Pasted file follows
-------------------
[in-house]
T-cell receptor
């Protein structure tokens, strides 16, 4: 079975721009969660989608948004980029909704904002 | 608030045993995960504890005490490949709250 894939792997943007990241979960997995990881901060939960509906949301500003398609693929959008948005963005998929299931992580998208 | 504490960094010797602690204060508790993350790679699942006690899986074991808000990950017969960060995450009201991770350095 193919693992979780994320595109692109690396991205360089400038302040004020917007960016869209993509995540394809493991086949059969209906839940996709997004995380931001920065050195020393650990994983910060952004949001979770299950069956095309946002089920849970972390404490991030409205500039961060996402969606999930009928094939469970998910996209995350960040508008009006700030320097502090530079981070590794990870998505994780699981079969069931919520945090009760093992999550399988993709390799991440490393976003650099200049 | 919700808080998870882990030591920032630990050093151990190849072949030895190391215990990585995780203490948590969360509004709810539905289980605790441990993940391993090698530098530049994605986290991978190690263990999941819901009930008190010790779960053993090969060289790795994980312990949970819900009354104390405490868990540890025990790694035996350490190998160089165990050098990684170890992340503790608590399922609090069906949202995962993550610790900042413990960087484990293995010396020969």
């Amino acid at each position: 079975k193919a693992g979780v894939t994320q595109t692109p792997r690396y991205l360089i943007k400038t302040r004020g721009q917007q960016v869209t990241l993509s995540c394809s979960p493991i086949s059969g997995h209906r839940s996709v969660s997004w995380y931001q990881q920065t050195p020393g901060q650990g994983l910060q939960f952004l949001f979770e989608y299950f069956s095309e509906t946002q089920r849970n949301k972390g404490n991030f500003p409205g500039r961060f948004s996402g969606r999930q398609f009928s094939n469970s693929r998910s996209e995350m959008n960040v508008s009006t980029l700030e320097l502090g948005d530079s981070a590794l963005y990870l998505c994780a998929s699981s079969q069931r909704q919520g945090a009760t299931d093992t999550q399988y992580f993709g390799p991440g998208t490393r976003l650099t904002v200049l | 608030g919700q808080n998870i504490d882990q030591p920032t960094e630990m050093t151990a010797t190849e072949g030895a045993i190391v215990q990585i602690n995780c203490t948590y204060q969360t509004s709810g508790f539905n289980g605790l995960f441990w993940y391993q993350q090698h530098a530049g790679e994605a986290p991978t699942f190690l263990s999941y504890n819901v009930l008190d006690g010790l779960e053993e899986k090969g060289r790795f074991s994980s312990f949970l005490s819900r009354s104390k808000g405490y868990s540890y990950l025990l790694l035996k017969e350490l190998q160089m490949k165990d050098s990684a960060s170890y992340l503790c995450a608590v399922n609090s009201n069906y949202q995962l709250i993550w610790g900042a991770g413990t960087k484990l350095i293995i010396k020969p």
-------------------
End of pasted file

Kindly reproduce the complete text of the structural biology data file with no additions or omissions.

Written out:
[in-house]
T-cell receptor
């Protein structure tokens, strides 16, 4: 079975721009969660989608948004980029909704904002 | 608030045993995960504890005490490949709250 894939792997943007990241979960997995990881901060939960509906949301500003398609693929959008948005963005998929299931992580998208 | 504490960094010797602690204060508790993350790679699942006690899986074991808000990950017969960060995450009201991770350095 193919693992979780994320595109692109690396991205360089400038302040004020917007960016869209993509995540394809493991086949059969209906839940996709997004995380931001920065050195020393650990994983910060952004949001979770299950069956095309946002089920849970972390404490991030409205500039961060996402969606999930009928094939469970998910996209995350960040508008009006700030320097502090530079981070590794990870998505994780699981079969069931919520945090009760093992999550399988993709390799991440490393976003650099200049 | 919700808080998870882990030591920032630990050093151990190849072949030895190391215990990585995780203490948590969360509004709810539905289980605790441990993940391993090698530098530049994605986290991978190690263990999941819901009930008190010790779960053993090969060289790795994980312990949970819900009354104390405490868990540890025990790694035996350490190998160089165990050098990684170890992340503790608590399922609090069906949202995962993550610790900042413990960087484990293995010396020969």
């Amino acid at each position: 079975k193919a693992g979780v894939t994320q595109t692109p792997r690396y991205l360089i943007k400038t302040r004020g721009q917007q960016v869209t990241l993509s995540c394809s979960p493991i086949s059969g997995h209906r839940s996709v969660s997004w995380y931001q990881q920065t050195p020393g901060q650990g994983l910060q939960f952004l949001f979770e989608y299950f069956s095309e509906t946002q089920r849970n949301k972390g404490n991030f500003p409205g500039r961060f948004s996402g969606r999930q398609f009928s094939n469970s693929r998910s996209e995350m959008n960040v508008s009006t980029l700030e320097l502090g948005d530079s981070a590794l963005y990870l998505c994780a998929s699981s079969q069931r909704q919520g945090a009760t299931d093992t999550q399988y992580f993709g390799p991440g998208t490393r976003l650099t904002v200049l | 608030g919700q808080n998870i504490d882990q030591p920032t960094e630990m050093t151990a010797t190849e072949g030895a045993i190391v215990q990585i602690n995780c203490t948590y204060q969360t509004s709810g508790f539905n289980g605790l995960f441990w993940y391993q993350q090698h530098a530049g790679e994605a986290p991978t699942f190690l263990s999941y504890n819901v009930l008190d006690g010790l779960e053993e899986k090969g060289r790795f074991s994980s312990f949970l005490s819900r009354s104390k808000g405490y868990s540890y990950l025990l790694l035996k017969e350490l190998q160089m490949k165990d050098s990684a960060s170890y992340l503790c995450a608590v399922n609090s009201n069906y949202q995962l709250i993550w610790g900042a991770g413990t960087k484990l350095i293995i010396k020969p």